Probably a childish game but I sometimes enjoy asking others what one thing—book, tool, food, CD or movie—they would choose to have on a deserted island. Another question is something like, ‘If you could have only one dessert in the whole world, what would you choose?’ Asked what I would choose if there could be only one fruit from tomorrow onward, my answer without a moment’s hesitation would be, “Watermelon, watermelon and more watermelon.” Like many who line up for ice cream at Häagen-Dazs or Ben & Jerry’s in the dead of winter, I could enjoy watermelon sitting on a snowbank.
Someone passed over to me a recipe last week, and as soon as I looked down and saw the name it quickly became something I wanted to try. The combination of three main ingredients struck me right off as a potentially delicious medley, and though unsure about a couple of other ingredients, it was still an enticing recipe and easy enough to modify if the first go-round turned out not quite right. One perennial favorite at meals is a salad, most often green with lettuce, tomato, cucumber and avocado. But those requirements are not strict and other types of salad occasionally find their way to my plate. The alternative below is both inexpensive and easy to prepare.
TOMATO AND WATERMELON SALAD
5 cups seeded watermelon cubes (approximately ¼ of a whole large melon)
3 large ripe tomatoes cut into bite-sized pieces.
½ medium red onion halved and thinly sliced
7-8 whole leaves of romaine lettuce
1 teaspoon sugar
½ teaspoon salt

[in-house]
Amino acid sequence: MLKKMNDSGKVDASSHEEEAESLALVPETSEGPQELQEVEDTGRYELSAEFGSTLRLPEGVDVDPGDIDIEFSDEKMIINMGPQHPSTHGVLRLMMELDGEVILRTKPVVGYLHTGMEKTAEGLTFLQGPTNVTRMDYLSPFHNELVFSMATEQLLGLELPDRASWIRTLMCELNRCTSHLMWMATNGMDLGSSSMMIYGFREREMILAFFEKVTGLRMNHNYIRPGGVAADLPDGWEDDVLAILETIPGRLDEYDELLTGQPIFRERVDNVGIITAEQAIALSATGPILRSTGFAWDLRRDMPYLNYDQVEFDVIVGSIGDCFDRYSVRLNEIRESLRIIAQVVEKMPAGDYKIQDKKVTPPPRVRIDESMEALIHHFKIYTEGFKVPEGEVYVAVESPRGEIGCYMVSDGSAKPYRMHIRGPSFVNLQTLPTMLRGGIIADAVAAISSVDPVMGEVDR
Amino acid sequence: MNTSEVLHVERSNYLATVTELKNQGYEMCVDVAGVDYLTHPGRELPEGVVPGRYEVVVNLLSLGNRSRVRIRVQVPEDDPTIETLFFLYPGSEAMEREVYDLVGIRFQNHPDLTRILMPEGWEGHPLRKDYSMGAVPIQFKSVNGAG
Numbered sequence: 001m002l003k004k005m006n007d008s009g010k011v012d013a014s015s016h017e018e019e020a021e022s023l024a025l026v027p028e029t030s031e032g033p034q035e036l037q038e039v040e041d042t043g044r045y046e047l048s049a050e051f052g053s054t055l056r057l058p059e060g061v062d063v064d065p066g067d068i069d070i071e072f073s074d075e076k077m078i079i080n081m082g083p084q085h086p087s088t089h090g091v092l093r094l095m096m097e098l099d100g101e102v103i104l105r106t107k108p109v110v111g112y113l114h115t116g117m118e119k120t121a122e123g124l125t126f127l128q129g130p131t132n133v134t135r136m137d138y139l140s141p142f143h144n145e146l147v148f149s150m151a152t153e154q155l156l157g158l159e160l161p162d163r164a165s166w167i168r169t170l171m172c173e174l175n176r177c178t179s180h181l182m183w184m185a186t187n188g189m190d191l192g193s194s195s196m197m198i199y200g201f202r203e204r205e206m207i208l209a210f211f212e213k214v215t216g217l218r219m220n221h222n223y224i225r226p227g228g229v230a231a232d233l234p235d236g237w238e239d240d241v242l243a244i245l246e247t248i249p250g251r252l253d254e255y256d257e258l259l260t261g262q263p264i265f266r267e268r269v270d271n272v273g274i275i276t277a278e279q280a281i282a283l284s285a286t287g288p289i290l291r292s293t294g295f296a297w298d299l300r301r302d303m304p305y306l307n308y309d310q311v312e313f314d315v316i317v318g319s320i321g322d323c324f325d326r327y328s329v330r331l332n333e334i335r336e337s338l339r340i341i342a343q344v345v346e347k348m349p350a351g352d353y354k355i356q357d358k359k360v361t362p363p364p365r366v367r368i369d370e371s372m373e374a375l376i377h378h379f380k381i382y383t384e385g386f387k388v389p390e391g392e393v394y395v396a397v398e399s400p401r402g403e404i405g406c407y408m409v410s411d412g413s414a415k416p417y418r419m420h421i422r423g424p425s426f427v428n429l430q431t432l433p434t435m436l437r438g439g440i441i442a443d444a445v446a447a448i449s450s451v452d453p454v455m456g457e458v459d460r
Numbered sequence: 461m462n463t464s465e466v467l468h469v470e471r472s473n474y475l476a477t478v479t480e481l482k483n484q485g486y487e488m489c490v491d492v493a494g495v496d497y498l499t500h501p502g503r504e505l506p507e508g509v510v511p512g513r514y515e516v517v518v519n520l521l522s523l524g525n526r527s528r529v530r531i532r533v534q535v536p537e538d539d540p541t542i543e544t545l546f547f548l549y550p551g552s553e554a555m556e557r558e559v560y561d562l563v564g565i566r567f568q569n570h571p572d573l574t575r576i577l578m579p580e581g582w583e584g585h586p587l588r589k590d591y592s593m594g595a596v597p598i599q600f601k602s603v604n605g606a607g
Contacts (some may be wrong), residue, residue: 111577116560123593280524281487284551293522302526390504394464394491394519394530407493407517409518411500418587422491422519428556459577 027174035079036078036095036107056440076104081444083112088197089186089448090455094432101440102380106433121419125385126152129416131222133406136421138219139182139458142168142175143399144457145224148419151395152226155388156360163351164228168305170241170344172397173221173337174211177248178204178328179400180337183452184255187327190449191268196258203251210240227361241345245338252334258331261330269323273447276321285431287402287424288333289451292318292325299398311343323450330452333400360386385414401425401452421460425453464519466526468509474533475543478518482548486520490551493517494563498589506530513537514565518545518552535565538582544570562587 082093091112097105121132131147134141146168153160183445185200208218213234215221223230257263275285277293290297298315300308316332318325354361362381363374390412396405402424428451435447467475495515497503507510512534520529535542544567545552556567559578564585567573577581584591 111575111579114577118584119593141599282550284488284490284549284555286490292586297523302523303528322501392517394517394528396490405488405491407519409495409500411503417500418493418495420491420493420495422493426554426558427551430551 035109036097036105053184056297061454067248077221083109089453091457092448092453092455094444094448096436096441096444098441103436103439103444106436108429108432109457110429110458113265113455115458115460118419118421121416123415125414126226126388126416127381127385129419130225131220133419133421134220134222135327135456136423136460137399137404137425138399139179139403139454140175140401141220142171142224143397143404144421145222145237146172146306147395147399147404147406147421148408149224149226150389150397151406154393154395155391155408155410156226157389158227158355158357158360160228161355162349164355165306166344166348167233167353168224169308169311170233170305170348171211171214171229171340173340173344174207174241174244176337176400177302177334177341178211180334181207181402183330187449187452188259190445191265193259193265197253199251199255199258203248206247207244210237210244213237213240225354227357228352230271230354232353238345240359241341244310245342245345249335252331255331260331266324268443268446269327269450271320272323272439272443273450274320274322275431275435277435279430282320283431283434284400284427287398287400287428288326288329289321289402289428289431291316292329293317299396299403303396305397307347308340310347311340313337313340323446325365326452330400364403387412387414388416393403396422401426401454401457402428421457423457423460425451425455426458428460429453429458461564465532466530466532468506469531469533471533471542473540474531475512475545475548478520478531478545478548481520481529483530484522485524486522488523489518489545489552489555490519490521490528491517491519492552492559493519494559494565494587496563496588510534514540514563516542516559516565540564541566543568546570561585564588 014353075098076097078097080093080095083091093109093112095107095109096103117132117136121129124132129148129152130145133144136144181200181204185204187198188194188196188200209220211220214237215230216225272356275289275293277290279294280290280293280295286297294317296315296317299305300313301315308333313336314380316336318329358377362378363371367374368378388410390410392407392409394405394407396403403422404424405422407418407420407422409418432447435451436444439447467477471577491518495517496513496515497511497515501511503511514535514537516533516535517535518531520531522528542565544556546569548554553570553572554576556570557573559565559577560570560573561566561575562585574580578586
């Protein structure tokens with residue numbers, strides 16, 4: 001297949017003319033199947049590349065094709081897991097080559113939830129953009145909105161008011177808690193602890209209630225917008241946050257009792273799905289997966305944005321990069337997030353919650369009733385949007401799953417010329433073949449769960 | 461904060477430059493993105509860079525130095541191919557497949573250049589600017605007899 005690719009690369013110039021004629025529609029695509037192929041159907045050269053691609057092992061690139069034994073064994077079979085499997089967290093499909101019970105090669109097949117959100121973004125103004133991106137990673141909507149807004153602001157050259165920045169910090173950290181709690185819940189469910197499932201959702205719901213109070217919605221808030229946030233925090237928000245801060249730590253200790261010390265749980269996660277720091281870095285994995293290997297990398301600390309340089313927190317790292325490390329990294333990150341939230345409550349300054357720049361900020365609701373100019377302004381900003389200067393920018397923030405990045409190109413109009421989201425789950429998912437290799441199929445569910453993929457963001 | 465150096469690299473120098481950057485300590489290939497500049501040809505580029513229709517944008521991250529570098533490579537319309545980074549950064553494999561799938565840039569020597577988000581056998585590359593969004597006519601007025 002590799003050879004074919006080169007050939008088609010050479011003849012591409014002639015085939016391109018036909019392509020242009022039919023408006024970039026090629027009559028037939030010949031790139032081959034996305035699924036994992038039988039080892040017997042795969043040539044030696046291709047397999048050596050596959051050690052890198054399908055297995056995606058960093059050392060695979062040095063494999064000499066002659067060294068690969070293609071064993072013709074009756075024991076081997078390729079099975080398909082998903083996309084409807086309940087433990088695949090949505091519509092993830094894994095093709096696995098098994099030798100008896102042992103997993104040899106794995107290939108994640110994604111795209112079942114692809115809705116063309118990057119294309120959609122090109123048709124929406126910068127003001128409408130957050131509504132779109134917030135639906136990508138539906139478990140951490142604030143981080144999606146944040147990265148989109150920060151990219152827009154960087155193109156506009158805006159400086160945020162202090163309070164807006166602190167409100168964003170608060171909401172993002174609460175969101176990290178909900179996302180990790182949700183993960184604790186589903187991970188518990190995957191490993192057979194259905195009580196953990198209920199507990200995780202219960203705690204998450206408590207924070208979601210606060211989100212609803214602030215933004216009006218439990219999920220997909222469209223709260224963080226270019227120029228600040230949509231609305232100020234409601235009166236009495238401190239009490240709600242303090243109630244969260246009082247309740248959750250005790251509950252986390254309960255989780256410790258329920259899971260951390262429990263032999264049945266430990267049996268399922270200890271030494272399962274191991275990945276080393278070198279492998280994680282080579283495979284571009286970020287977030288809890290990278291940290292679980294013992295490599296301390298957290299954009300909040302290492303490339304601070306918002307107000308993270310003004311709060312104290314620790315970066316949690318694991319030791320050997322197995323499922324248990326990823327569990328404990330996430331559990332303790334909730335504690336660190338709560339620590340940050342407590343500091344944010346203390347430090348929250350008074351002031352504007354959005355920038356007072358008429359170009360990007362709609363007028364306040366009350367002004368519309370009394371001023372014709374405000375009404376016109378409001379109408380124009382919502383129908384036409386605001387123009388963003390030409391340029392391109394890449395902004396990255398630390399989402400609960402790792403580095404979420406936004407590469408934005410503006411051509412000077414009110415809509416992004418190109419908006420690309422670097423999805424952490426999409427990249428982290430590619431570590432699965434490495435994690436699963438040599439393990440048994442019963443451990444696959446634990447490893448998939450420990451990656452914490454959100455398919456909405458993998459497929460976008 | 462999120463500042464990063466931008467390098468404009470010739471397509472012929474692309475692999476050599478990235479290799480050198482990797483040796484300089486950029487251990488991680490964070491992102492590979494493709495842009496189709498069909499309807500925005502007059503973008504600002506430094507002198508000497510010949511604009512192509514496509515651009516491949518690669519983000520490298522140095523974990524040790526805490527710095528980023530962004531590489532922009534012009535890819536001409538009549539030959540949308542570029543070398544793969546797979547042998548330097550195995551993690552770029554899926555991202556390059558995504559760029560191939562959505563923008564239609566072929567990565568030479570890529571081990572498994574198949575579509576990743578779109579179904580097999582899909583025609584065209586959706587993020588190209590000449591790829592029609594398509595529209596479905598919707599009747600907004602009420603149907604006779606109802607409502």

3 tablespoons extra virgin olive oil
1½ tablespoons red wine vinegar
Cracked black pepper
Fresh mint for garnish
Combine the watermelon, tomato and red onion in a large bowl, sprinkle with salt and sugar and toss well. Allow to stand for about 15 minutes. Add the olive oil and vinegar and toss once more. Because the watermelon and tomatoes contain a lot of water, drain the excess off after the last mix. Cover and chill in the refrigerator at least an hour. Line a salad bowl with the romaine lettuce so that the leaves resemble the petals of a flower. Scoop the watermelon salad into the bowl with the lettuce providing a bed and border. Add some cracked black pepper, garnish with a sprig of fresh mint and serve. The amounts above will provide enough for 3-4 people, 5 if the servings are small.
Depending on appetite, the salad alone may be enough for lunch or a light dinner. I served it with cold roast chicken, the two together a bountiful meal. An especially good salad for a hot summer day—Bon appétit!